More needs to be done to protect the health of children and adolescents from the negative impacts of air pollution, according to European Environment Agency (EEA) air quality assessments published today. Air pollution causes over 1,200 premature deaths per year in people under the age of 18 in Europe and significantly increases the risk of disease later in life. Despite improvements over past years, the level of key air pollutants in many European countries remain stubbornly above World Health Organization health-based guidelines, especially in central-eastern Europe and Italy.

While emissions of key air pollutants have declined over recent decades, air pollution levels in Europe are still not safe. Children and adolescents are particularly vulnerable to air pollution because their bodies, organs and immune systems are still developing. Air pollution damages health during childhood and increases the risk of disease in later life, according to the EEA ‘Air pollution and children’s health’ briefing.

Air pollution is estimated to cause over 1,200 premature deaths every year among those under the age of 18 across the EEA’s 32 member countries. Although the number of premature deaths in this age group is low relative to the total for the European population estimated by EEA each year, deaths early in life represent a loss of future potential and come with a significant burden of chronic illness, both in childhood and later in life.







Air pollution and children’s health

Children’s lung function and lung development are affected by air pollution, especially by ozone and nitrogen dioxide (NO2) in the short term, and by fine particles (PM2.5) in the long term. Maternal exposure to air pollution during pregnancy is linked to low birth weight and risk of pre-term birth. After birth, ambient air pollution increases the risk of several health problems, including asthma, reduced lung function, respiratory infections and allergies. It also can aggravate chronic conditions like asthma, which afflicts 9% of children and adolescents in Europe, as well as increasing the risk of some chronic diseases later in adulthood.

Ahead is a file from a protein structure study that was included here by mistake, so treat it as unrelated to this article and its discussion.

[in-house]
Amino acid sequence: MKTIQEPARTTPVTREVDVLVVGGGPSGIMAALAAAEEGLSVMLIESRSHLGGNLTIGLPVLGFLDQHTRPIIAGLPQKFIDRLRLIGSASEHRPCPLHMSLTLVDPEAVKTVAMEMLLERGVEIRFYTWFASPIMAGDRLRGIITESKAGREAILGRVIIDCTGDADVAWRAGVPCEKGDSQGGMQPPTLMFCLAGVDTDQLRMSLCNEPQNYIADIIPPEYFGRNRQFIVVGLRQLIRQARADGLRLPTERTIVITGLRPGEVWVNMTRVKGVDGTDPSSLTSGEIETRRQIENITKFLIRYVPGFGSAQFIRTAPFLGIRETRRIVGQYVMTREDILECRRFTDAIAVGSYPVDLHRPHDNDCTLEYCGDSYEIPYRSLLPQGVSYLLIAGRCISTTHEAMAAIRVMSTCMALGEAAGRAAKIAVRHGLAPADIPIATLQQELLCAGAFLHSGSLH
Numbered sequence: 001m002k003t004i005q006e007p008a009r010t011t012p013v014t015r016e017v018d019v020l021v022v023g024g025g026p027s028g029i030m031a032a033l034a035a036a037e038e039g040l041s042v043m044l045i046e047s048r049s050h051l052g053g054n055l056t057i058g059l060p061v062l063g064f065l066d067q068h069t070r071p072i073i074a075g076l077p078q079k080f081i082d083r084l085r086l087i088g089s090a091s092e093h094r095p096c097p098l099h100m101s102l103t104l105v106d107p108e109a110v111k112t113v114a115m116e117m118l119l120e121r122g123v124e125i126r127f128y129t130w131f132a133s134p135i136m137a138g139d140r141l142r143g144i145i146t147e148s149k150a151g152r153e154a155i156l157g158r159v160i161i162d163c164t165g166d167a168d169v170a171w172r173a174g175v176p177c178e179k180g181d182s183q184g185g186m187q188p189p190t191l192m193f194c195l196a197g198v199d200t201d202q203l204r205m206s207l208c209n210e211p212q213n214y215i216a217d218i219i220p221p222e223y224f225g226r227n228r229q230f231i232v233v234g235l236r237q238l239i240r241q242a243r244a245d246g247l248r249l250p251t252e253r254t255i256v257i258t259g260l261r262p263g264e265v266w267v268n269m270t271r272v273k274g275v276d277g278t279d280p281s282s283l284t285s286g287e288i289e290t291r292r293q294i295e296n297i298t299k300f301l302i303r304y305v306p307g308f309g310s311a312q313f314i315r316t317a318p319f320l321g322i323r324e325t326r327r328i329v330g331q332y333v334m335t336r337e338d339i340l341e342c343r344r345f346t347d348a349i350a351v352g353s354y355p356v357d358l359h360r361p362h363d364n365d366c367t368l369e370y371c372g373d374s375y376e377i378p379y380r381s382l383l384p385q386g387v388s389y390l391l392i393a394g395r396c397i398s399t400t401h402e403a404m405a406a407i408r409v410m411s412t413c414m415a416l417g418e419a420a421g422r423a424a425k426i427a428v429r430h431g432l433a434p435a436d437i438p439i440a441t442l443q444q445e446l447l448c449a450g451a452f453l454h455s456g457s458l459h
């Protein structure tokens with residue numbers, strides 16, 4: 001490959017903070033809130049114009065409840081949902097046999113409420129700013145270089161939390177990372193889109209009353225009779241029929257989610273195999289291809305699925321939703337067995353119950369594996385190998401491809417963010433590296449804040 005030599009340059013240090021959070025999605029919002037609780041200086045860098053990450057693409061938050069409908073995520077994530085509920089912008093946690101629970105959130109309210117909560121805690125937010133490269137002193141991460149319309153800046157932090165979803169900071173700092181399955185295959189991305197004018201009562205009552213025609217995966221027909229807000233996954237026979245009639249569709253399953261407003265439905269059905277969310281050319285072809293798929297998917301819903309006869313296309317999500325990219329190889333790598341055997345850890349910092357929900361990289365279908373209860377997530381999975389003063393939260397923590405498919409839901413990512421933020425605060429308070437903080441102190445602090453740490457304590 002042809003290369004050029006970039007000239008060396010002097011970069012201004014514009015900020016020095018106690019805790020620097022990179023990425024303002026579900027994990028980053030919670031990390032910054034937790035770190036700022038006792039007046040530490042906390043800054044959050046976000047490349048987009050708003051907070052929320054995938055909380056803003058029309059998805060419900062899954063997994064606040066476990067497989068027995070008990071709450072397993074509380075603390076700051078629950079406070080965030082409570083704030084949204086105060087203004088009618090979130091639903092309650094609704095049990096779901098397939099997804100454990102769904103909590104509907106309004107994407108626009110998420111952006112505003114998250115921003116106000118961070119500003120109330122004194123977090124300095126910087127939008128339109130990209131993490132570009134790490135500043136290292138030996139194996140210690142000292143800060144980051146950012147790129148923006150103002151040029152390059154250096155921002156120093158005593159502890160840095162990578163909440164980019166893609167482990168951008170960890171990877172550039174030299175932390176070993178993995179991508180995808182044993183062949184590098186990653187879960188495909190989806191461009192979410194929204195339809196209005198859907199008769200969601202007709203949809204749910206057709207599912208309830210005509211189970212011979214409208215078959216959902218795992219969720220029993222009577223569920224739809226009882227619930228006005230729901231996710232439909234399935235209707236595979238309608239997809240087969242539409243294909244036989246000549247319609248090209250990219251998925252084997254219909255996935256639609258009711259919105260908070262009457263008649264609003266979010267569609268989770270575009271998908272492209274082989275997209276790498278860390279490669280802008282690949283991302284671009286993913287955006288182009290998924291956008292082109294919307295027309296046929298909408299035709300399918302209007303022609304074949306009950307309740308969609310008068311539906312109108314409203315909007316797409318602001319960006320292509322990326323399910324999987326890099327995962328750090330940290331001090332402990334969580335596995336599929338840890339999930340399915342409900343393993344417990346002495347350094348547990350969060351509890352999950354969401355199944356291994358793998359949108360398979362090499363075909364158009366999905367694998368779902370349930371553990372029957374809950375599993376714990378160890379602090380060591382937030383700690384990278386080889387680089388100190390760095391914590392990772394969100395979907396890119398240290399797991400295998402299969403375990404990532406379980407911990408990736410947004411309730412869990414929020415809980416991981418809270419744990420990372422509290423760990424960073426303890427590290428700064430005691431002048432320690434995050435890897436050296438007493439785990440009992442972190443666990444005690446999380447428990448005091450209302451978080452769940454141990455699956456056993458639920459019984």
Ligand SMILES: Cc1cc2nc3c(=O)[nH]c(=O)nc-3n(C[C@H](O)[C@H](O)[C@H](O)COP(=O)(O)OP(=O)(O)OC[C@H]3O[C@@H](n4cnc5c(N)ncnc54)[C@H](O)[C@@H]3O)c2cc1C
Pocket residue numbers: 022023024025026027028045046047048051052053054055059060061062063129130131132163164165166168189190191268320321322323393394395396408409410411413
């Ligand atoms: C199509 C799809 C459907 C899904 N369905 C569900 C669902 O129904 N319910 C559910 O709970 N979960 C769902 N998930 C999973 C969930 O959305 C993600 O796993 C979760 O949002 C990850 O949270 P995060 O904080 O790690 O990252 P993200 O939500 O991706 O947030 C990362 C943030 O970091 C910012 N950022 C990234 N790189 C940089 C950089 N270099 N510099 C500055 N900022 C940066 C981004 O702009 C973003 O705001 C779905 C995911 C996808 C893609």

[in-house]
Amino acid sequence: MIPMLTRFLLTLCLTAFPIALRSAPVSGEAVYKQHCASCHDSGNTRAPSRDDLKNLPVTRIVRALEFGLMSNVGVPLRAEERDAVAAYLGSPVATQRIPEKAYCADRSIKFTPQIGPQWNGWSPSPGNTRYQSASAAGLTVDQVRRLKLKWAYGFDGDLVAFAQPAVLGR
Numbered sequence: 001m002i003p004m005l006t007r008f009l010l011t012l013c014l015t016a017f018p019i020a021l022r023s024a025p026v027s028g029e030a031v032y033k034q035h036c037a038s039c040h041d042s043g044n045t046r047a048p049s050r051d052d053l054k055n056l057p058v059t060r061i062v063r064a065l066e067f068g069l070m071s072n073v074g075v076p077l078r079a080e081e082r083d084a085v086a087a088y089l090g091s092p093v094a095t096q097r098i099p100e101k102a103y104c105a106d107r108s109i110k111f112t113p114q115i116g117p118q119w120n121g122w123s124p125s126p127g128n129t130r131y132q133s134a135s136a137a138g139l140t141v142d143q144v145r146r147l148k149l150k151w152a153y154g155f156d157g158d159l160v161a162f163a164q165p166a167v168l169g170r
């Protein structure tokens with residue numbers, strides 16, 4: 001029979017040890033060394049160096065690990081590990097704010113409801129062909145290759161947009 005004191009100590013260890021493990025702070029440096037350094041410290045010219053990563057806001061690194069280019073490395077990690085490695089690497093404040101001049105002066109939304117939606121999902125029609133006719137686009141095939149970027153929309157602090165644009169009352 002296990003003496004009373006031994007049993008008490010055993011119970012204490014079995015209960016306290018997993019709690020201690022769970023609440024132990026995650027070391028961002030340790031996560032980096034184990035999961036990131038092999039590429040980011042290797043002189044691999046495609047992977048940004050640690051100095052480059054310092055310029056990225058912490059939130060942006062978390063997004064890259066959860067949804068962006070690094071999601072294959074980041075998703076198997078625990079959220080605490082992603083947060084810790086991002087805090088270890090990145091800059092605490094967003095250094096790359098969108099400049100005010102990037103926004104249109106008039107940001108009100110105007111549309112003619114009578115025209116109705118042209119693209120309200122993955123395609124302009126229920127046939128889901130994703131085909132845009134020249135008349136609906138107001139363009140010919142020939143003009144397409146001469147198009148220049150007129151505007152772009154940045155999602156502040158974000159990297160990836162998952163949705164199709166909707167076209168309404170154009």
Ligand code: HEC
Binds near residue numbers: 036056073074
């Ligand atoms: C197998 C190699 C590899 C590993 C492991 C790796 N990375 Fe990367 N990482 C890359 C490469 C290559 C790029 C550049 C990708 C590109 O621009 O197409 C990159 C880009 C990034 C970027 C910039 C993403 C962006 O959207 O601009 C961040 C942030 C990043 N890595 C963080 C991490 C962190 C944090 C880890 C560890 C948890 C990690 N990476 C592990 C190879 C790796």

Until air pollution is reduced to safe levels overall, improving air quality around settings like schools and kindergartens and during activities like school commutes and sports, can help reduce children’s exposure.





Hans Bruyninckx, EEA Executive Director:

“Air pollution levels across Europe are still unsafe and European air quality policies should aim to protect all citizens, but especially our children, who are most vulnerable to the health impacts of air pollution. It is urgent that we continue to step up measures at EU, national and local level to protect our children, who cannot protect themselves. The surest way to keep them safe is by making the air we all breathe cleaner.”


This Commentary was originally published by European Environment Agency at


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